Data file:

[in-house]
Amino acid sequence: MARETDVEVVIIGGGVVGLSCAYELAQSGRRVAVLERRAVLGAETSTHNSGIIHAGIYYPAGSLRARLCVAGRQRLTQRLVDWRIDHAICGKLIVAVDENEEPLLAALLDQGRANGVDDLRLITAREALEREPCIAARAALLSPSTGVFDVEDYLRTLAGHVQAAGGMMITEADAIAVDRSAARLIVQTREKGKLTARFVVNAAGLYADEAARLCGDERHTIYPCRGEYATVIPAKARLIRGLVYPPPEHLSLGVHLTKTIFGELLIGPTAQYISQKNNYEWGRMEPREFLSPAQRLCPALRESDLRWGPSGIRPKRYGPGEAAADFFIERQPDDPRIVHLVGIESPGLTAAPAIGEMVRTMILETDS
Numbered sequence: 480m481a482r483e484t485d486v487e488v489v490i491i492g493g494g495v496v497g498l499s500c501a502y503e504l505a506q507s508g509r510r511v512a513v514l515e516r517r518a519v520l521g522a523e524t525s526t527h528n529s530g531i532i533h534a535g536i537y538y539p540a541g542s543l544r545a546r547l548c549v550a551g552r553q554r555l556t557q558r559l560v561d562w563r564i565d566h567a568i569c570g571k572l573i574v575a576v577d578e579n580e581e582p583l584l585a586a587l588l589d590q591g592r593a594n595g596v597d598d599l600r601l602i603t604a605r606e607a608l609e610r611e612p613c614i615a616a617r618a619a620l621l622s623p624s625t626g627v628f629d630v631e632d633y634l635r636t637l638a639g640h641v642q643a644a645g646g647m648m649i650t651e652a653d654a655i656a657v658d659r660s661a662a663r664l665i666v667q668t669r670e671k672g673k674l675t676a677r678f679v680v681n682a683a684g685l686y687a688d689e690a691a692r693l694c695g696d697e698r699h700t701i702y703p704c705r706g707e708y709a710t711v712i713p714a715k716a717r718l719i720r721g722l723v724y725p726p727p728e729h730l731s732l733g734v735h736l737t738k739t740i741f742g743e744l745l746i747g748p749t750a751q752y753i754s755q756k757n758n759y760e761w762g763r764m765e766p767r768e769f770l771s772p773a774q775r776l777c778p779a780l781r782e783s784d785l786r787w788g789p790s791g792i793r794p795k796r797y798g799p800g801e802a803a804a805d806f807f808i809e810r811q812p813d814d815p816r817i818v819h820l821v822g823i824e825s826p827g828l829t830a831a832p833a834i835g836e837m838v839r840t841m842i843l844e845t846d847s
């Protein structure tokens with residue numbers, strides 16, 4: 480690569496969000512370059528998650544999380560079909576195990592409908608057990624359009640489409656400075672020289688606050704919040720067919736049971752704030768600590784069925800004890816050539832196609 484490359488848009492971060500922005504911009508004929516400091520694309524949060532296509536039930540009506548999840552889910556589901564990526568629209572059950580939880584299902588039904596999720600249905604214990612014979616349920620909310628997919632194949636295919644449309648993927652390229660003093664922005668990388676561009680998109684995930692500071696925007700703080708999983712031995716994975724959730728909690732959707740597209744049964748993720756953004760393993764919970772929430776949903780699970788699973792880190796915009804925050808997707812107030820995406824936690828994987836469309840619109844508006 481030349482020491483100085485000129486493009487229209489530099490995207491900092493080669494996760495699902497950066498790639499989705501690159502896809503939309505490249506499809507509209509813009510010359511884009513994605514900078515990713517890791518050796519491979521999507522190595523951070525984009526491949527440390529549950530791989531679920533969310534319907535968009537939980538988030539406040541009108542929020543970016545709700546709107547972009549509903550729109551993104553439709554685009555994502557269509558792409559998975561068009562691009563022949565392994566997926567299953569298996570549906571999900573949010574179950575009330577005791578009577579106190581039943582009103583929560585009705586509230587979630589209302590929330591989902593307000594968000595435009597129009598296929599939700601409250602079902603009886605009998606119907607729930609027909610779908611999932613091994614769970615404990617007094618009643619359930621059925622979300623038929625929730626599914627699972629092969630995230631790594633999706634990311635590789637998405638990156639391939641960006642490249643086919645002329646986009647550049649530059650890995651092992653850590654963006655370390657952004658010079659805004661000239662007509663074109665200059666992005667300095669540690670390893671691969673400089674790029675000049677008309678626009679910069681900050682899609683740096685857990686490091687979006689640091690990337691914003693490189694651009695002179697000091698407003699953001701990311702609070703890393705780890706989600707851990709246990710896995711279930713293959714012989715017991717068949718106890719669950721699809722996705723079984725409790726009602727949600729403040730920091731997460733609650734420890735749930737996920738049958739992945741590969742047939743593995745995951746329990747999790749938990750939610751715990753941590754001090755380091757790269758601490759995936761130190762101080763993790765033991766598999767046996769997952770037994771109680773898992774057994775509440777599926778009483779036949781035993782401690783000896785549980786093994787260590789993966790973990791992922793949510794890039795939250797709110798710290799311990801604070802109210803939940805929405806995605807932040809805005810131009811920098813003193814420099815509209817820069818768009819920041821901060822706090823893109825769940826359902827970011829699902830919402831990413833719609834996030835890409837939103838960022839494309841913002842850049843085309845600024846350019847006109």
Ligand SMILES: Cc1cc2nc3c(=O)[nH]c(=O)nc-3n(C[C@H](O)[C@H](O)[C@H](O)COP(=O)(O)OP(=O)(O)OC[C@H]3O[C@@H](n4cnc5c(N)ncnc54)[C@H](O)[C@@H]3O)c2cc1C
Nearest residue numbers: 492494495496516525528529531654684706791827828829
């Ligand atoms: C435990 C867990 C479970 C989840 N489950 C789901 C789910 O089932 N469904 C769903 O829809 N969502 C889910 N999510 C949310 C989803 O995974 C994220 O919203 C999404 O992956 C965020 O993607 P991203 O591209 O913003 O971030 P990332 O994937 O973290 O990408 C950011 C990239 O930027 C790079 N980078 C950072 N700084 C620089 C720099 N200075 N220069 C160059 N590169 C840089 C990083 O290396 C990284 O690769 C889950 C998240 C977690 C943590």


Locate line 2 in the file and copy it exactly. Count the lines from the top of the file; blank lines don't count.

Amino acid sequence: MARETDVEVVIIGGGVVGLSCAYELAQSGRRVAVLERRAVLGAETSTHNSGIIHAGIYYPAGSLRARLCVAGRQRLTQRLVDWRIDHAICGKLIVAVDENEEPLLAALLDQGRANGVDDLRLITAREALEREPCIAARAALLSPSTGVFDVEDYLRTLAGHVQAAGGMMITEADAIAVDRSAARLIVQTREKGKLTARFVVNAAGLYADEAARLCGDERHTIYPCRGEYATVIPAKARLIRGLVYPPPEHLSLGVHLTKTIFGELLIGPTAQYISQKNNYEWGRMEPREFLSPAQRLCPALRESDLRWGPSGIRPKRYGPGEAAADFFIERQPDDPRIVHLVGIESPGLTAAPAIGEMVRTMILETDS